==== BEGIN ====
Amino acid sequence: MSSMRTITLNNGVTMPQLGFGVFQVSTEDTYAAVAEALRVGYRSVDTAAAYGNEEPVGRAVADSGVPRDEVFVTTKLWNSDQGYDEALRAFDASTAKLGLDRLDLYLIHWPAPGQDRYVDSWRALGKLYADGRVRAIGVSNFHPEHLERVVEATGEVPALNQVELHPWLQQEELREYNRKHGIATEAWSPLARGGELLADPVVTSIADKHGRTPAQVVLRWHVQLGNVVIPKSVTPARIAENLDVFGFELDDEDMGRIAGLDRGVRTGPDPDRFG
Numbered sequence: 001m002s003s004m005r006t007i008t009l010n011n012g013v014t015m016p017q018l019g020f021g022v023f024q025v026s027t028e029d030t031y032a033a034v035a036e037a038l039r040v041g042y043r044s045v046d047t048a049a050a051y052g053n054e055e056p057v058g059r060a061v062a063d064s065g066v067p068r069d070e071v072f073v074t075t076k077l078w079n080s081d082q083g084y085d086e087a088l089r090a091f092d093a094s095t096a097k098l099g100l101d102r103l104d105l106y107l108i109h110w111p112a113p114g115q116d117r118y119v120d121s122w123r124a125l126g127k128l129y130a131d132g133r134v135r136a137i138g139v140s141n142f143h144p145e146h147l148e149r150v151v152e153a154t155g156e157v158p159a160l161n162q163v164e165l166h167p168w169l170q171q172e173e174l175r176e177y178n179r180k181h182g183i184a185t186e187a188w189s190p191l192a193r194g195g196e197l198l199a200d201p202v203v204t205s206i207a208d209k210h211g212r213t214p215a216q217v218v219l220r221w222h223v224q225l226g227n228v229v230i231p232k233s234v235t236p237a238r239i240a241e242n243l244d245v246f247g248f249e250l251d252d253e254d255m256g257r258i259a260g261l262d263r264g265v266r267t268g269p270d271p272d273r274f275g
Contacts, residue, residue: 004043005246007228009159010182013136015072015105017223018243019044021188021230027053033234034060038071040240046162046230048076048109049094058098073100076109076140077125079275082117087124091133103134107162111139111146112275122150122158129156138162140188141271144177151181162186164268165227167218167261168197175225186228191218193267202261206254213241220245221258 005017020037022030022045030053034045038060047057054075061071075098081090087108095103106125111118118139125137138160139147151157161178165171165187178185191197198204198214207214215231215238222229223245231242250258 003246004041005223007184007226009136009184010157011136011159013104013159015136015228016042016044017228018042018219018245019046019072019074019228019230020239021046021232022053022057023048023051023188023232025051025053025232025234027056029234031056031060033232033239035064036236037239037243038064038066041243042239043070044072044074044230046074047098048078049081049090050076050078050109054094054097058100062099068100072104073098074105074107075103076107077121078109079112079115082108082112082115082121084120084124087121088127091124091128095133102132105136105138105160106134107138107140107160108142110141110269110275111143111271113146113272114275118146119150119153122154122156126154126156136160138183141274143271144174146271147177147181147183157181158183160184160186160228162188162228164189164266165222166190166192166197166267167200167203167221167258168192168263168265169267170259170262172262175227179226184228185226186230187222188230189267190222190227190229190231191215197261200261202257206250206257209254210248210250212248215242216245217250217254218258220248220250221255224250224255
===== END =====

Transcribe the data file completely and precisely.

Amino acid sequence: MSSMRTITLNNGVTMPQLGFGVFQVSTEDTYAAVAEALRVGYRSVDTAAAYGNEEPVGRAVADSGVPRDEVFVTTKLWNSDQGYDEALRAFDASTAKLGLDRLDLYLIHWPAPGQDRYVDSWRALGKLYADGRVRAIGVSNFHPEHLERVVEATGEVPALNQVELHPWLQQEELREYNRKHGIATEAWSPLARGGELLADPVVTSIADKHGRTPAQVVLRWHVQLGNVVIPKSVTPARIAENLDVFGFELDDEDMGRIAGLDRGVRTGPDPDRFG
Numbered sequence: 001m002s003s004m005r006t007i008t009l010n011n012g013v014t015m016p017q018l019g020f021g022v023f024q025v026s027t028e029d030t031y032a033a034v035a036e037a038l039r040v041g042y043r044s045v046d047t048a049a050a051y052g053n054e055e056p057v058g059r060a061v062a063d064s065g066v067p068r069d070e071v072f073v074t075t076k077l078w079n080s081d082q083g084y085d086e087a088l089r090a091f092d093a094s095t096a097k098l099g100l101d102r103l104d105l106y107l108i109h110w111p112a113p114g115q116d117r118y119v120d121s122w123r124a125l126g127k128l129y130a131d132g133r134v135r136a137i138g139v140s141n142f143h144p145e146h147l148e149r150v151v152e153a154t155g156e157v158p159a160l161n162q163v164e165l166h167p168w169l170q171q172e173e174l175r176e177y178n179r180k181h182g183i184a185t186e187a188w189s190p191l192a193r194g195g196e197l198l199a200d201p202v203v204t205s206i207a208d209k210h211g212r213t214p215a216q217v218v219l220r221w222h223v224q225l226g227n228v229v230i231p232k233s234v235t236p237a238r239i240a241e242n243l244d245v246f247g248f249e250l251d252d253e254d255m256g257r258i259a260g261l262d263r264g265v266r267t268g269p270d271p272d273r274f275g
Contacts, residue, residue: 004043005246007228009159010182013136015072015105017223018243019044021188021230027053033234034060038071040240046162046230048076048109049094058098073100076109076140077125079275082117087124091133103134107162111139111146112275122150122158129156138162140188141271144177151181162186164268165227167218167261168197175225186228191218193267202261206254213241220245221258 005017020037022030022045030053034045038060047057054075061071075098081090087108095103106125111118118139125137138160139147151157161178165171165187178185191197198204198214207214215231215238222229223245231242250258 003246004041005223007184007226009136009184010157011136011159013104013159015136015228016042016044017228018042018219018245019046019072019074019228019230020239021046021232022053022057023048023051023188023232025051025053025232025234027056029234031056031060033232033239035064036236037239037243038064038066041243042239043070044072044074044230046074047098048078049081049090050076050078050109054094054097058100062099068100072104073098074105074107075103076107077121078109079112079115082108082112082115082121084120084124087121088127091124091128095133102132105136105138105160106134107138107140107160108142110141110269110275111143111271113146113272114275118146119150119153122154122156126154126156136160138183141274143271144174146271147177147181147183157181158183160184160186160228162188162228164189164266165222166190166192166197166267167200167203167221167258168192168263168265169267170259170262172262175227179226184228185226186230187222188230189267190222190227190229190231191215197261200261202257206250206257209254210248210250212248215242216245217250217254218258220248220250221255224250224255